I just felt there was no other way but to stop taking insulin. I felt helpless and stupid because I knew what I was doing and I really didn’t care, I just wanted to be thin so badly.
In March of 2005 I was in DKA for the fifth time. It took longer than the times before because the school has worked out a plan with my mom that if I didn’t go to the health aide’s office to take insulin during school then I’d get detention. There was more of a record being kept.
I stayed in the hospital for a week and then was back home. However it was mandatory that I saw a psychologist from then on.
I made it through the summer, but the skipping insulin was worse than ever. By the beginning of my sophomore year I was incredibly thin, but I was having trouble walking to school. I’d have to stop every five minutes to catch my breath and things just got worse from there. Eventually, walking across a room got too hard to do.
I always felt like there was never enough oxygen to fill my lungs or enough water to keep me from being thirsty. I would throw up in between classes, take some insulin, and then go to class like everything was fine. I didn’t look fine – teachers thought I was a drug addict because I was so thin and I had dark circles under my eyes. I slept all the time and I just wanted to die.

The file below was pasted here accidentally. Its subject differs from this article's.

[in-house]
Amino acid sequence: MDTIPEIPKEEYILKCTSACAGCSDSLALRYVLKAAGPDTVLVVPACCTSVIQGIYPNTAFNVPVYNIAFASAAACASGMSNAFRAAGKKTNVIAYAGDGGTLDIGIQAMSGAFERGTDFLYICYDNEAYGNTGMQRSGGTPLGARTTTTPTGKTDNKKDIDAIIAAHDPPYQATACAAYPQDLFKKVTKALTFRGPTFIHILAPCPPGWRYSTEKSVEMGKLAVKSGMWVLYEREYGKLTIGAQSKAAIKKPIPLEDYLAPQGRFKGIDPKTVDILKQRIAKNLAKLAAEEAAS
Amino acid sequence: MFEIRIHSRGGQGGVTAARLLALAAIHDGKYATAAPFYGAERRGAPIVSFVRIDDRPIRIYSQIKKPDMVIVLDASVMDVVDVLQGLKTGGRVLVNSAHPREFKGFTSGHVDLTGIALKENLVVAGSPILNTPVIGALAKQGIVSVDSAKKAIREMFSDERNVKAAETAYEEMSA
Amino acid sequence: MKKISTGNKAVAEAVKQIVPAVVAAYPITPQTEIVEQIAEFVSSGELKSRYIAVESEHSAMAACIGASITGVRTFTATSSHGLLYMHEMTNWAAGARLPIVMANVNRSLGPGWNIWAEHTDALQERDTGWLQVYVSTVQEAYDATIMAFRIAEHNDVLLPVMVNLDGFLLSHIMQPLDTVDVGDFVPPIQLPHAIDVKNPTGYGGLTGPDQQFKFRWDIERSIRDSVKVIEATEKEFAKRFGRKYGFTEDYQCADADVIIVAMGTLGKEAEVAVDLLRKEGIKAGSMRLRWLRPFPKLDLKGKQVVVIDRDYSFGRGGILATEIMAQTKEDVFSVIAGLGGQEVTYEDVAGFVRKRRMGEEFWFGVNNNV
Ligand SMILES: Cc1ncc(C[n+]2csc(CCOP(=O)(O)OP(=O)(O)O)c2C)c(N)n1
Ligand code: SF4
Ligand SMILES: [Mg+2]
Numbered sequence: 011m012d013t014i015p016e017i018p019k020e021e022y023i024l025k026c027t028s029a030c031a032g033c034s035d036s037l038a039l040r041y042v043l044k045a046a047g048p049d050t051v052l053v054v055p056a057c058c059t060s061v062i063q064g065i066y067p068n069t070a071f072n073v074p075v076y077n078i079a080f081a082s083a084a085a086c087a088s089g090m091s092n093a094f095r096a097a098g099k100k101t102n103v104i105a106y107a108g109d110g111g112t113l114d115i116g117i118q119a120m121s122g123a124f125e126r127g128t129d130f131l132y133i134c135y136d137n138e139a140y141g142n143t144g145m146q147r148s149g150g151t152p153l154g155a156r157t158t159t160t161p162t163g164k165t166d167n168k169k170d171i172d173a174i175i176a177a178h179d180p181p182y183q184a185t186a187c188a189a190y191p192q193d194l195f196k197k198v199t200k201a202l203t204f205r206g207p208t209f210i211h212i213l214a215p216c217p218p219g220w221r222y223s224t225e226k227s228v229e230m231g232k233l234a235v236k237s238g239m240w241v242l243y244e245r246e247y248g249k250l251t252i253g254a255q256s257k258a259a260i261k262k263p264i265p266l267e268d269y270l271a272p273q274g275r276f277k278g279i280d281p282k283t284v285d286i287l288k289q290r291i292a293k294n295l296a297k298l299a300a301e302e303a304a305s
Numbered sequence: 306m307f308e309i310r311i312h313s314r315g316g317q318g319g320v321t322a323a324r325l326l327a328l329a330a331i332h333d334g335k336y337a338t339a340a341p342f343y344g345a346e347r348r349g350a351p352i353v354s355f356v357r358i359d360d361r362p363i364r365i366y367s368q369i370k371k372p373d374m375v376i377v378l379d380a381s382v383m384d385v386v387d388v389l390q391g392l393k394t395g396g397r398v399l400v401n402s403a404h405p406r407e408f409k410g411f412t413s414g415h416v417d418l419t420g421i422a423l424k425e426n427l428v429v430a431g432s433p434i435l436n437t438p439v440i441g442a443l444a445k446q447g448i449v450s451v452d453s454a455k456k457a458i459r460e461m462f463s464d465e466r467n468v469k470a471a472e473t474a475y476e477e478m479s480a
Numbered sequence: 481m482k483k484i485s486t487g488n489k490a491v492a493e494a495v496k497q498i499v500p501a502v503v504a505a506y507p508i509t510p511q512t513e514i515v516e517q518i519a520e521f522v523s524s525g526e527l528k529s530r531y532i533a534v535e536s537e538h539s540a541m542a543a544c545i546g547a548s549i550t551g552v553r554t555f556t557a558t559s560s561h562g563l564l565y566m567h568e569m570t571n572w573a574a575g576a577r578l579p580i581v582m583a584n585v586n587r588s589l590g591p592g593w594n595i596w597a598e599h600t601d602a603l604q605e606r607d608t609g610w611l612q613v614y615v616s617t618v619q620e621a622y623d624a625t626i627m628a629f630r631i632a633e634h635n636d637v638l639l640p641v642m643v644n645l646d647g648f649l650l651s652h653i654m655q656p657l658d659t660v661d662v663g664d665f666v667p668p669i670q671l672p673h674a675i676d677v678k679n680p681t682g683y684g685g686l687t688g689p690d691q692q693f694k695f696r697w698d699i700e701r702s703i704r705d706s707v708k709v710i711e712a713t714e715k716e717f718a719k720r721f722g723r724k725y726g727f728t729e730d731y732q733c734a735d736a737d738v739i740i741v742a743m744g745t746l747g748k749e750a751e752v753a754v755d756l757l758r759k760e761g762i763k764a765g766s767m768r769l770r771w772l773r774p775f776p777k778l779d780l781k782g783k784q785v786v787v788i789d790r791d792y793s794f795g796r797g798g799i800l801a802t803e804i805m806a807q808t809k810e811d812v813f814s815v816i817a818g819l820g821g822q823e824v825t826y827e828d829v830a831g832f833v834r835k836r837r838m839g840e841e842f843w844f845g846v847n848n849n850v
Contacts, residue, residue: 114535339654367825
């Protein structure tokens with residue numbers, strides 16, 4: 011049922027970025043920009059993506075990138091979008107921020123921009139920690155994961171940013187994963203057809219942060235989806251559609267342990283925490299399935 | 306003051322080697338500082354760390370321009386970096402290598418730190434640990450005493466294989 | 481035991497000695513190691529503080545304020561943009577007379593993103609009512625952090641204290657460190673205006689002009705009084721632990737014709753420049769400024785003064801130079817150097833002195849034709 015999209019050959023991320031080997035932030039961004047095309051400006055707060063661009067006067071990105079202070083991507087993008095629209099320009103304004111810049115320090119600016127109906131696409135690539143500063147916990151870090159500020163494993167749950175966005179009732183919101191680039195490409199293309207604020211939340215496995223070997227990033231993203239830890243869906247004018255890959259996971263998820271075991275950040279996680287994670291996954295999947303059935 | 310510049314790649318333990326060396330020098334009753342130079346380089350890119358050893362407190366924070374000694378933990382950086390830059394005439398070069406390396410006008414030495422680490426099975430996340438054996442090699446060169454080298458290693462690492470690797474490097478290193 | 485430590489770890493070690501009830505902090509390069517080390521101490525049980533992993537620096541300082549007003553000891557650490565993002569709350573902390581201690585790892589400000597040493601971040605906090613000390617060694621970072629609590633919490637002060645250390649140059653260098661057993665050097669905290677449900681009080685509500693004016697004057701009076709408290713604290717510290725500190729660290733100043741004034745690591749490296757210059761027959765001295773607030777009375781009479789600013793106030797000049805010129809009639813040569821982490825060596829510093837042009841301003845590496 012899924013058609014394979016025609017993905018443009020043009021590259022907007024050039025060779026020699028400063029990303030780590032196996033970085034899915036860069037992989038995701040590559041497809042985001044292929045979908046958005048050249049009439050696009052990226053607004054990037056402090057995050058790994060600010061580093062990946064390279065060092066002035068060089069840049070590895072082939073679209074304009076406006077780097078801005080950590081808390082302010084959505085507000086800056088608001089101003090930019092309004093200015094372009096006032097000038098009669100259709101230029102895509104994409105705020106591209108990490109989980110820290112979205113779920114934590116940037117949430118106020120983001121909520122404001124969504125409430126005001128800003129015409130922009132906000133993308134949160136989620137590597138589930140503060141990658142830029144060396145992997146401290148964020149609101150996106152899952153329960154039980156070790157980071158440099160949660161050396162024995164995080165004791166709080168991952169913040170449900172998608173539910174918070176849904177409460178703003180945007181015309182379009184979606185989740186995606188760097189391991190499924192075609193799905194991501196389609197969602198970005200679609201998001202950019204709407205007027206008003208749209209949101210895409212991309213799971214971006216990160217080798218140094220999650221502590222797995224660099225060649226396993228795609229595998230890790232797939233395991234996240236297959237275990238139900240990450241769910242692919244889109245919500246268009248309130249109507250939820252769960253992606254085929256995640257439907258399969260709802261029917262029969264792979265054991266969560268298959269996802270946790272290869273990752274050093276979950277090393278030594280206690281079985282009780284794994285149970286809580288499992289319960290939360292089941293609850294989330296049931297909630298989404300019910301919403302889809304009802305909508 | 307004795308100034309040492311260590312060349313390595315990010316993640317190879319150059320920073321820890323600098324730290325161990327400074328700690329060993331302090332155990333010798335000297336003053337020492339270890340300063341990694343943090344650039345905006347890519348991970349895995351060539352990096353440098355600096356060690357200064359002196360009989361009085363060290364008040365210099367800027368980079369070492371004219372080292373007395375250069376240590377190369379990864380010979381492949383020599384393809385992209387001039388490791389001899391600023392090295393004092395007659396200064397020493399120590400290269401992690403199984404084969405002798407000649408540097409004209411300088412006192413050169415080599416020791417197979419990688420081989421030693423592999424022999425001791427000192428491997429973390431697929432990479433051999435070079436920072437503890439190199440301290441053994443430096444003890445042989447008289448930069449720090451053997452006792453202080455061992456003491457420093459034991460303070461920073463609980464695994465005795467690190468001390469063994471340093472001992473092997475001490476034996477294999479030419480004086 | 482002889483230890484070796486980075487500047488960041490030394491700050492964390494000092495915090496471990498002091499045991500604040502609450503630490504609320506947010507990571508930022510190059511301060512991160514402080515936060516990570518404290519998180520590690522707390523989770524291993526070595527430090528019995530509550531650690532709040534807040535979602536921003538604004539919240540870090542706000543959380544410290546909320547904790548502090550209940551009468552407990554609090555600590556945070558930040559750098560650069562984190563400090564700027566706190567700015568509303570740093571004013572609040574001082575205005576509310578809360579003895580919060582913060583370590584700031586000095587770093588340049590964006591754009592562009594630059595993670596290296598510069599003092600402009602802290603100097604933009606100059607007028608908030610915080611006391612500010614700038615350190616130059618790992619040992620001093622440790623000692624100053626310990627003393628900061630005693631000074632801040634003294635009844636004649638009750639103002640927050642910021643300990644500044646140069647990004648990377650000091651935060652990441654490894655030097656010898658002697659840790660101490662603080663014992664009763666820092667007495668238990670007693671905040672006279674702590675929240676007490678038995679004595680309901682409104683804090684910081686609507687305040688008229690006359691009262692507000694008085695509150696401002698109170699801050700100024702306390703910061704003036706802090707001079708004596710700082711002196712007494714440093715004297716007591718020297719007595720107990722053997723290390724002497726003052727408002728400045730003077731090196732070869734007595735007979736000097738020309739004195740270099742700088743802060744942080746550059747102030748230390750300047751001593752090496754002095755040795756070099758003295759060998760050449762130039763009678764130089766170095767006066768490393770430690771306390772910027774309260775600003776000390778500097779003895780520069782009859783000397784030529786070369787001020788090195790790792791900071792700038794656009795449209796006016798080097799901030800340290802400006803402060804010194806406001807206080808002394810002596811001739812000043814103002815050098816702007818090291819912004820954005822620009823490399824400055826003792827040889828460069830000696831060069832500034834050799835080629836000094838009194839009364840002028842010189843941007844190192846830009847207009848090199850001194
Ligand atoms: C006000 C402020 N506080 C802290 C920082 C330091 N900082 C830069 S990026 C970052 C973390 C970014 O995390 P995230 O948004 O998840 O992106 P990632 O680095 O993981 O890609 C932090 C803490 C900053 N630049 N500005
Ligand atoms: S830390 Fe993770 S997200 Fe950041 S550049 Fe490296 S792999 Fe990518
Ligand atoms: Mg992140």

November of 2005 was probably the worst bout of DKA out of the six. My mom was out shopping and my boyfriend was over. I kept throwing up every five minutes, so he called my doctor who said “call 9-1-1” and he did. The problem was that my mom had lost her cell phone so we couldn’t contact her, and when the ambulance came they brought me to a hospital I don’t usually go to.
This hospital wouldn’t treat me because I was a minor and they needed parental consent. But I started showing specks of blood in my vomit, and that’s when the doctors decided to treat me.
When I was finally stable enough to be transferred to my normal hospital I was in pretty bad shape.
I was in the ICU, and it was the first time that they wouldn’t let me get up to go to bathroom. Let me tell you something, it’s quite embarrassing to be 15 years old and have a nurse that you know have to hold a bed pan underneath you.
When my mom got to the hospital they told her that she might want to stay because they didn’t know if I would make it through the night. I spent 10 days and another Thanksgiving in a hospital.
After that I was determined to stay out of DKA. People really started to believe that I was getting better because I was staying out of the hospital. This was only because I was finding ways that kept me out of the hospital but still allowed me to lose weight. I misused my insulin and cut back on my eating. Every once and while I would throw up, and I still couldn’t walk long distances. But staying skinny was really all I cared about.